Running Out the Hurt

Running Out the Hurt Edit this entry

Posted on April 4, 2

Baseball the Way It Should Be Played

Running Out The Hurt

Baseball the Way It Should Be Played

Running Out The Hurt

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Robert Joe Stout

Running away from his failures in trying to compete with professional baseball stars, fifteen-year-old Alejandro Lòpez winds up destitute in a seaside city in western Mexico. Although the runaway Cuban attempts to conceal his abilities on the diamond several members of a ragtag semi-pro team—the San Arturo Zancudos—drag him back into playing the sport he loves. An instant success, both on the field and with the town’s teenaged flirts he sparks the formerly last-place has-beens into a contender for the league championship.

“Baseball the way it should be played!” enthuses the team’s quirky leftfielder as he and the oddball collection of ballplayers battle, lie, joke and celebrate both on and off the field. Their antics—and successes on the diamond—spark a contagious community following until Alejandro’s abilities attract the attention of Major League scouts and his illegal immigration status is revealed.

Alejandro is forced to choose between a professional contract to play in the United States and staying with the team. His decision and the responses of his teammates provide a dramatic climax to an entertaining and vivid look at baseball, at Mexico, and at how human relationships struggle and prosper.


The heat and work schedules that forced Sergio Naranjo, El Jipi and Cipriano to arrive later than usual shortened the Wednesday practice.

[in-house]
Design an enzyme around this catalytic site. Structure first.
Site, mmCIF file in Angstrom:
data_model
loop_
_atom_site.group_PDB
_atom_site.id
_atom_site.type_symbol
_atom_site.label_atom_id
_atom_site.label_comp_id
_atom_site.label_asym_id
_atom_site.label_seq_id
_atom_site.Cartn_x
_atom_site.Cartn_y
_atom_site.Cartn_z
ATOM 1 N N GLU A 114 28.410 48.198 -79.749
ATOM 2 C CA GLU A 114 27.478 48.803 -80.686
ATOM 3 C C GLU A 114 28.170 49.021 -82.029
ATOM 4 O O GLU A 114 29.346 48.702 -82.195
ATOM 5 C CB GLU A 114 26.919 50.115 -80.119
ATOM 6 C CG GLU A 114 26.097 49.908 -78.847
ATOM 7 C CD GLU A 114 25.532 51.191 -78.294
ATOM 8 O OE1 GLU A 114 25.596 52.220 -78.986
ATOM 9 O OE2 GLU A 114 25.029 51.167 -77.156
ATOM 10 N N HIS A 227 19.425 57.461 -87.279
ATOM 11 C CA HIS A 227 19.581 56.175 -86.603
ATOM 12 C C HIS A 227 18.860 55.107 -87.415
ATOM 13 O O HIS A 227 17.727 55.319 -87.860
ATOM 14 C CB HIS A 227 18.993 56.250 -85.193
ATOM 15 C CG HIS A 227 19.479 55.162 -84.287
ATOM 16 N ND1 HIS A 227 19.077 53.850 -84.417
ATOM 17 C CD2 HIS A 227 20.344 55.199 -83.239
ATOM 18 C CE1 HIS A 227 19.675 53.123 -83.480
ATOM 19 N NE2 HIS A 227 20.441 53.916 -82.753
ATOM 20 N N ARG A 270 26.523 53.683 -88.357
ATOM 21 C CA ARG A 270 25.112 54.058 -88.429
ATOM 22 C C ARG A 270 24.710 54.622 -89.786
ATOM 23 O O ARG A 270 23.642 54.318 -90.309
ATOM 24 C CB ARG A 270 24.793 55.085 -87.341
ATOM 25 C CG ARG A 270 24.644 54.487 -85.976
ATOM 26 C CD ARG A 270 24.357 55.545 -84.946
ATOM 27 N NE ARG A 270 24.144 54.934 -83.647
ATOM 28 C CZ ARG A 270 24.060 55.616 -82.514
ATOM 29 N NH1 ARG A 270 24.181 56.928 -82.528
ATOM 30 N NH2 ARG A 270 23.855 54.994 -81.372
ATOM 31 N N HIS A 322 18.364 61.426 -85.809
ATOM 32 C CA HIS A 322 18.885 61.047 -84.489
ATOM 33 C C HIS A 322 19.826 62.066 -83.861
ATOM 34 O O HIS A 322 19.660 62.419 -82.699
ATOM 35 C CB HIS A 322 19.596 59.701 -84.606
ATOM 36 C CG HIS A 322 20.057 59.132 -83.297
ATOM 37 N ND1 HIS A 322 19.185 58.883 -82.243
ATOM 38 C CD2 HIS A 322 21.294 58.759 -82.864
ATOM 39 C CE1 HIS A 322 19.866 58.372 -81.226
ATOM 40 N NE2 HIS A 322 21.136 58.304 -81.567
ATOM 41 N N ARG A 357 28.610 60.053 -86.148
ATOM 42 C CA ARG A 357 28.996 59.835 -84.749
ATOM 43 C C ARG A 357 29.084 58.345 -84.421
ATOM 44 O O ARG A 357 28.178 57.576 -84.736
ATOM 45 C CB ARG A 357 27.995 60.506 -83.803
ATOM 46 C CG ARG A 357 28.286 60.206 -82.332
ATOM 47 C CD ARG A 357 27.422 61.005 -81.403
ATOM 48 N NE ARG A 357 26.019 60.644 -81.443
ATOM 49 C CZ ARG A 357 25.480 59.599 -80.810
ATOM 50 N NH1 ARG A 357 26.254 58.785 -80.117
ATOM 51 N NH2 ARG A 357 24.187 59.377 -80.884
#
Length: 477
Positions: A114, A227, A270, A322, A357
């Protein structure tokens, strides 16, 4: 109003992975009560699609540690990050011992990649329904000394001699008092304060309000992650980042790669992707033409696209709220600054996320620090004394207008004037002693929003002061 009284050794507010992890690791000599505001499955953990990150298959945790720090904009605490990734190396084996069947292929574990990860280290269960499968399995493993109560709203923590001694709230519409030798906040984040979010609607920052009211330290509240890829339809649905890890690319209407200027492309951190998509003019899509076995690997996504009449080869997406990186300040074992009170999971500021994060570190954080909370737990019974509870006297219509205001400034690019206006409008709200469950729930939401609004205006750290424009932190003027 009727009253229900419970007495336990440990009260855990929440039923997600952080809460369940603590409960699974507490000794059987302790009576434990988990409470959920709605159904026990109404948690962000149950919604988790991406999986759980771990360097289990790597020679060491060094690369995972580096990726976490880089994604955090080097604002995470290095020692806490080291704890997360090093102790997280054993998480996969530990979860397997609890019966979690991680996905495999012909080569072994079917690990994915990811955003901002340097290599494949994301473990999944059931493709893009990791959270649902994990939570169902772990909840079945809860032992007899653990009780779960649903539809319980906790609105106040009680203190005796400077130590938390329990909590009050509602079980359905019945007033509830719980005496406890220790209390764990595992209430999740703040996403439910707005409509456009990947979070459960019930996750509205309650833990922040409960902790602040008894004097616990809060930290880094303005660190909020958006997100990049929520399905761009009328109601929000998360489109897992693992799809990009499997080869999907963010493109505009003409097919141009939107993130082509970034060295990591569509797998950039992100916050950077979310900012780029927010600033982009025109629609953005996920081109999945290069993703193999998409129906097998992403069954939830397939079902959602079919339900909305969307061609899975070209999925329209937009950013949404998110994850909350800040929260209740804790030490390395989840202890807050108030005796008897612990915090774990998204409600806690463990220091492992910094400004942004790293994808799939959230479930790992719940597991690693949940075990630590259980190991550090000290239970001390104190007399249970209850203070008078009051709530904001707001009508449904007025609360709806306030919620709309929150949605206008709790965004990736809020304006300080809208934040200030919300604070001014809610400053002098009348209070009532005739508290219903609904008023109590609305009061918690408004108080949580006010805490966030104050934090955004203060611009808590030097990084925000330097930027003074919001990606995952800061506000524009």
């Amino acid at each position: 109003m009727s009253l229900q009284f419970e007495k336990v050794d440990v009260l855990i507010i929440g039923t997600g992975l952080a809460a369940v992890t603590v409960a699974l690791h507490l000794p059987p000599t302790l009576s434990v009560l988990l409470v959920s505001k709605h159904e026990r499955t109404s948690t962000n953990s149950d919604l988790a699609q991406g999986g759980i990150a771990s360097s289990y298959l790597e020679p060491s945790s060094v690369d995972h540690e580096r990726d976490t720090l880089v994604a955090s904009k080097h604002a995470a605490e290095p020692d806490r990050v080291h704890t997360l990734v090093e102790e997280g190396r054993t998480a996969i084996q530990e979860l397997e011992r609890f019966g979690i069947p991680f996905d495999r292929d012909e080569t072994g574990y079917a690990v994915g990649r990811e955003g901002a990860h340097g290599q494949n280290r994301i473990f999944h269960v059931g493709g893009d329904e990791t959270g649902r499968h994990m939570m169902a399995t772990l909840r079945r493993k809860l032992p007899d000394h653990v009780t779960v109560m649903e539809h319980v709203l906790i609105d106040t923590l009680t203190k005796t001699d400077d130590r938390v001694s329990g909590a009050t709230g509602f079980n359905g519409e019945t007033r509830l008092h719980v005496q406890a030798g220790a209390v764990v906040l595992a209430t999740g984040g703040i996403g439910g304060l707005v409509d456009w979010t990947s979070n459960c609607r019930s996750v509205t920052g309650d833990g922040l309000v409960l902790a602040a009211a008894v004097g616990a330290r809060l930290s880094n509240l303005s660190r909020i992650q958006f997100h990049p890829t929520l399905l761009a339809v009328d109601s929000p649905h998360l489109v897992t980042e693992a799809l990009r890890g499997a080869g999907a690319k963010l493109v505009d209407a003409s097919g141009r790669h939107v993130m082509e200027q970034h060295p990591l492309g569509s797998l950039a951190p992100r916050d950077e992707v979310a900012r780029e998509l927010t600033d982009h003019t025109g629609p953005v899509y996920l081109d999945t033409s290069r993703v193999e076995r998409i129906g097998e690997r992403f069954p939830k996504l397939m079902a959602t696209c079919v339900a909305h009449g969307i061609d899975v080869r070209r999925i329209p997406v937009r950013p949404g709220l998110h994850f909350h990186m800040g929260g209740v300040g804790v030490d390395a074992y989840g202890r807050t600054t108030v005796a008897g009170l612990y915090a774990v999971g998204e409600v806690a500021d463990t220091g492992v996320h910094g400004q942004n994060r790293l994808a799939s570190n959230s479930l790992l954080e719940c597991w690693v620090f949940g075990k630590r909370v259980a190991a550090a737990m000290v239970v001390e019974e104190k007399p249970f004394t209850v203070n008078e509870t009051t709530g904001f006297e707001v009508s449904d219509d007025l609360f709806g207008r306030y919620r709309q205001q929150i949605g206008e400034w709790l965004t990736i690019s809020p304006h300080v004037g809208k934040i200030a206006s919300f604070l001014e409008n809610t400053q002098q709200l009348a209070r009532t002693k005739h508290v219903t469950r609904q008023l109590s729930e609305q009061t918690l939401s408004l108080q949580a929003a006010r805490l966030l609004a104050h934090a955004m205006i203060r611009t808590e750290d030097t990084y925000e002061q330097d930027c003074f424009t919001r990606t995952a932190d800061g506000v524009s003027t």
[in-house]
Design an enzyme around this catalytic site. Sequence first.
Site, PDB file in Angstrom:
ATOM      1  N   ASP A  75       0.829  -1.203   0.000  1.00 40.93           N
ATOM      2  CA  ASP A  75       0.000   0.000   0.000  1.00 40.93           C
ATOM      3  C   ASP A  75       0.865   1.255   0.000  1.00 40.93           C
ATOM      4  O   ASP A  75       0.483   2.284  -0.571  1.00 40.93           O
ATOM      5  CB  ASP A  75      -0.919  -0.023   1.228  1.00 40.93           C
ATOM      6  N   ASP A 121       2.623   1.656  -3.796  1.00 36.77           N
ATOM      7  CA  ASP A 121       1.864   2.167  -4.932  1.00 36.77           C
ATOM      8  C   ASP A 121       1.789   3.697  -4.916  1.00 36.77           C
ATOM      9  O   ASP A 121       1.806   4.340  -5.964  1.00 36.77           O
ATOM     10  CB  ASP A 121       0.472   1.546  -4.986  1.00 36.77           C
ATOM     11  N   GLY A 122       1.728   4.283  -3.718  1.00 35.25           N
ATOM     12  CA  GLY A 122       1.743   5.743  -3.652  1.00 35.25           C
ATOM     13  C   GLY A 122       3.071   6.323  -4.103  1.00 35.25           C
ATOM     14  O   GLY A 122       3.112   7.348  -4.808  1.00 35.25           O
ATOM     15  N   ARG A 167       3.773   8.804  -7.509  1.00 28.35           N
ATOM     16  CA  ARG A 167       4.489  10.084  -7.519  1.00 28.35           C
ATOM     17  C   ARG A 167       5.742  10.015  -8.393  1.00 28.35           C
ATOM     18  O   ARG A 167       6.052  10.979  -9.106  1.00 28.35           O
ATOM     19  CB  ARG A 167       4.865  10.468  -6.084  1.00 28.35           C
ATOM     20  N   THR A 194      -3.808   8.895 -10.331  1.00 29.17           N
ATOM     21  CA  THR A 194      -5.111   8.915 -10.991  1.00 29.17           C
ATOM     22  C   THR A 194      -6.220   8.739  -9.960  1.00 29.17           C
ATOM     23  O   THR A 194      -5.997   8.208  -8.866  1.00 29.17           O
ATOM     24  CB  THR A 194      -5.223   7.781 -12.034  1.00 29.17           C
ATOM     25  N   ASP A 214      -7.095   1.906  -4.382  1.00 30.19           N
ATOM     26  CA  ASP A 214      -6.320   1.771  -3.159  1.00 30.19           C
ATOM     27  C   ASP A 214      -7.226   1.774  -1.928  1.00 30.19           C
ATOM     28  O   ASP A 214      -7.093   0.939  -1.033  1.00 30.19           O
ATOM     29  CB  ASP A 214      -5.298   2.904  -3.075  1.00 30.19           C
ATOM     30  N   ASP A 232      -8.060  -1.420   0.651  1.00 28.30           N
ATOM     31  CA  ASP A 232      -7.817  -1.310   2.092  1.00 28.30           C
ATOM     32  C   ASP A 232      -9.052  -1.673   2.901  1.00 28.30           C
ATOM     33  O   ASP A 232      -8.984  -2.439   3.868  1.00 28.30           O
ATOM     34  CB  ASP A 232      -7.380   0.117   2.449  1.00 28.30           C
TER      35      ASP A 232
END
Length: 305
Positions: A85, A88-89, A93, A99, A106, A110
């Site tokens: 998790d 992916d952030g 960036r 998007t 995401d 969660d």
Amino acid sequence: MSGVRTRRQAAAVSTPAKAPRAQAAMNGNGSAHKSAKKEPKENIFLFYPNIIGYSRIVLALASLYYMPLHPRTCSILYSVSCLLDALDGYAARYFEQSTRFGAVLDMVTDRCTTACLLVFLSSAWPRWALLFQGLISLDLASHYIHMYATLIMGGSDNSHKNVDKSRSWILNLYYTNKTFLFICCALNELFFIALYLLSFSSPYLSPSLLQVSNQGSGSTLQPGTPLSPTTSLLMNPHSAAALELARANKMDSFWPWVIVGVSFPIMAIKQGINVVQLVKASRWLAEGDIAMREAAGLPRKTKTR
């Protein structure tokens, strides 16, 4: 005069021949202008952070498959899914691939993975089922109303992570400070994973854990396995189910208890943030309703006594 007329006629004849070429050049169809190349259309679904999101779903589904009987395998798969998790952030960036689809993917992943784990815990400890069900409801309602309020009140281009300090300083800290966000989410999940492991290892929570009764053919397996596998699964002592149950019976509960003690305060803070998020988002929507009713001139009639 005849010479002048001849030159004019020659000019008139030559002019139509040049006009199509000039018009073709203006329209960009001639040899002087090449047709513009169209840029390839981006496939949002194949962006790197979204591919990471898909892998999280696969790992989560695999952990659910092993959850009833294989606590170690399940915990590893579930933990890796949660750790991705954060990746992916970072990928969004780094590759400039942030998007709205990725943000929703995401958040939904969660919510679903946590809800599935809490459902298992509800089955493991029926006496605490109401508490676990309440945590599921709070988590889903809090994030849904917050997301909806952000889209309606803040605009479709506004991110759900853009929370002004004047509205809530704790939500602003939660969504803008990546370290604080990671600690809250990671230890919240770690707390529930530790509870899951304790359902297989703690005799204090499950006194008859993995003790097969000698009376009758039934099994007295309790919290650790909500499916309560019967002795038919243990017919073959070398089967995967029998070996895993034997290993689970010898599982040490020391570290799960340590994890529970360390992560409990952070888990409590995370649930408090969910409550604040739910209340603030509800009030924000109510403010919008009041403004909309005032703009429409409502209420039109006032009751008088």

“Beer time! Beer time!” Cruz Torres trotted among the players extending what Memo González called the “dirtiest ugly baseball cap” he’d ever seen. Torres countered that it was his lucky Arteaga pitching cap.

“It reeks!” Memo held his nose, insisting the “A”-emblazoned once black headpiece was more sweat salt than fabric. Sergio held it up to show it to his wife Elizabeth, who grimaced and agreed with Memo.

Oyen, give it to me, I’ll wash it,” she tried to dump the money that Cruz Torres had collected into Sergio’s hand but Torres grabbed it away from her.

El nombre de Diós! It’s bad luck to wash a pitcher’s cap!”

“Just go get the beer!” Quino swatted Torres with his glove. The heat had made Quino more than usually thirsty and the day and a half without Yolanda made him feel oddly distracted, as though he had forgotten something important and couldn’t remember what it was. He had just pulled off his shoes to shake the dust and grime out of them when he heard a woman’s voice shouting from a car that had stopped by the edge of the practice field. Thinking it was someone for Alejandro he waved, then recognized Cipriano’s car and realized that Cipriano’s wife Sonia was gesturing to them.

“I thought you’d be getting thirsty,” she laughed and began passing plastic bags filled with ice and cans of Tecate through the window. Quino noticed someone in the car with her and waved, then realized that it was Sonia’s sister.

“Quino!” she opened the passenger door and blew him a kiss. She was wearing a form-fitting knit blouse and hip-hugging black pants that flared at the cuffs. “And Aleje-…`Grifo,’ no? May I call you that, too?”

Her smile danced impishly across her lips.

Diós mío, you do get more handsome every day! I should be the one pursuing you, not Esther.”

“Maybe you should,” Quino suggested. “We’ve been concerned that he’s too old physically–sexually–for the harem, that he should seek older, more equal—”

“Alej-…Grifo, you’re looking for someone older?”

“No, es decir—l”

“Be careful, Aleja-…`Grifo,'” she cautioned. “You know the old saying about a `woman scorned.'”